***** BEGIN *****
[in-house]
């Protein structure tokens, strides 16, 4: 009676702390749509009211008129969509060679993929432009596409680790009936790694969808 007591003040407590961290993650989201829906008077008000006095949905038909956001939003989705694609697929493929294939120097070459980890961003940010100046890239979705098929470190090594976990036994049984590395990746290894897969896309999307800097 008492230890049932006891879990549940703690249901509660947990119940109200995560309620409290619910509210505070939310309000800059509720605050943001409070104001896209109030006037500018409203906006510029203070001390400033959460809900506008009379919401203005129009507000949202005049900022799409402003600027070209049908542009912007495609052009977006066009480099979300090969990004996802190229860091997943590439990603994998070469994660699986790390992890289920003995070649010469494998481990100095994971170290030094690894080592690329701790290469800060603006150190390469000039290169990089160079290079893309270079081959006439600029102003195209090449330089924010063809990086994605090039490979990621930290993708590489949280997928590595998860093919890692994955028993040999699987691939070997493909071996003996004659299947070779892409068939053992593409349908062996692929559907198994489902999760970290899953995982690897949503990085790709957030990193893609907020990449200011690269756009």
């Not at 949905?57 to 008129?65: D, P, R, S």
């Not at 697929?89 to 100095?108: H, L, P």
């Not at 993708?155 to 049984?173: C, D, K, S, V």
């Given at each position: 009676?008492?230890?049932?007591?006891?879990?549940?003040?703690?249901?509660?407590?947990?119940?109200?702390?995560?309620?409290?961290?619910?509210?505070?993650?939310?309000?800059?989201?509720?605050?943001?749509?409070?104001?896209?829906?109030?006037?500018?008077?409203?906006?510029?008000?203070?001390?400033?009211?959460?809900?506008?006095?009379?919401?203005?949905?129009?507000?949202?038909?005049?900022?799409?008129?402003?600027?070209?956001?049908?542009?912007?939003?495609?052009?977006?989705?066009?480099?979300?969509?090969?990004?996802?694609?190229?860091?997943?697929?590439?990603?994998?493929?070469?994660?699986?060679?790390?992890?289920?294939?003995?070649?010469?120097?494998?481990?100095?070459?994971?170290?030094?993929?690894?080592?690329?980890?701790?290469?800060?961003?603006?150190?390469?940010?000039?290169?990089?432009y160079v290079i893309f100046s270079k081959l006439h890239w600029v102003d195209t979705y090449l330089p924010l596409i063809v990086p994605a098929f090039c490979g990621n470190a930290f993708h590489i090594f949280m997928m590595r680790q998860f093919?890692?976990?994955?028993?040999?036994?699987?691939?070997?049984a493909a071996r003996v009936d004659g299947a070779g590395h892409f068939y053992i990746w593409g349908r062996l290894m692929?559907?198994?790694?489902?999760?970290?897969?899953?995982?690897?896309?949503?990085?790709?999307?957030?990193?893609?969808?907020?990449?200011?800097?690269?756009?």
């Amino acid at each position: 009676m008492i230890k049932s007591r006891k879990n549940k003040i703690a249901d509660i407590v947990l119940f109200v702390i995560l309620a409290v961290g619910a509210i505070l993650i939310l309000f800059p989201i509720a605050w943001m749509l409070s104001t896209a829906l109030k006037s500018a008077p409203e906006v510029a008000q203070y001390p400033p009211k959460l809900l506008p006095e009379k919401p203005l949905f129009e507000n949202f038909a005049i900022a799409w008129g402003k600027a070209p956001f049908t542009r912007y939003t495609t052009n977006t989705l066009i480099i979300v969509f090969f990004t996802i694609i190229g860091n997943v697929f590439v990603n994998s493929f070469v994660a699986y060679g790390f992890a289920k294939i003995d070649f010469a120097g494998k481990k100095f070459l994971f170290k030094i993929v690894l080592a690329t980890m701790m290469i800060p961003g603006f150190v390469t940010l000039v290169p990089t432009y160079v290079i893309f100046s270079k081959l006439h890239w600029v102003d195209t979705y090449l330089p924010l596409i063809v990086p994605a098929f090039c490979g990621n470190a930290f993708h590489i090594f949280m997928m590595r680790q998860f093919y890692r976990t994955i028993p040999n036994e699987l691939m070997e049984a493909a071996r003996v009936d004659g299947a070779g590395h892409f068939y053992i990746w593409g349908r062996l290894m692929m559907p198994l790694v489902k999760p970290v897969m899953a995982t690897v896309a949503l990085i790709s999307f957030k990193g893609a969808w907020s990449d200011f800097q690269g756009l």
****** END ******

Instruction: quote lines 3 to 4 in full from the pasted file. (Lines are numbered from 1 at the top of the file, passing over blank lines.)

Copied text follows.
């Not at 949905?57 to 008129?65: D, P, R, S």
């Not at 697929?89 to 100095?108: H, L, P």